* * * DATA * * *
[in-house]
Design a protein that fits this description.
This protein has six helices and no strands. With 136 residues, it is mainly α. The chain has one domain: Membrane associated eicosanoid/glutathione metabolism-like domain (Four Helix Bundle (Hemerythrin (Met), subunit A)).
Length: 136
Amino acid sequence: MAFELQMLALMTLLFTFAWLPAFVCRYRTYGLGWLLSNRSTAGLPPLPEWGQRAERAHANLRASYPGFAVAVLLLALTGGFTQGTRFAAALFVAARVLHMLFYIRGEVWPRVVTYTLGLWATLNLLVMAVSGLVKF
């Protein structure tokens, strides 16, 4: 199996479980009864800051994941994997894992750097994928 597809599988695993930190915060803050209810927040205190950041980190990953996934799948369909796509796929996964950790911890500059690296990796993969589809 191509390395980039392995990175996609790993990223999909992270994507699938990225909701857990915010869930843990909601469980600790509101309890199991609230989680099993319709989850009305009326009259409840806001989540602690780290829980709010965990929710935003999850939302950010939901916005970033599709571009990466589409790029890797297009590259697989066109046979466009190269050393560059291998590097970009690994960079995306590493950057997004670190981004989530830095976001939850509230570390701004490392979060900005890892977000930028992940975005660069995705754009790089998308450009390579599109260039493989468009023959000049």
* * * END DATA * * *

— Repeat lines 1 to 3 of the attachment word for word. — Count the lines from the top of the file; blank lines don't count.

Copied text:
[in-house]
Design a protein that fits this description.
This protein has six helices and no strands. With 136 residues, it is mainly α. The chain has one domain: Membrane associated eicosanoid/glutathione metabolism-like domain (Four Helix Bundle (Hemerythrin (Met), subunit A)).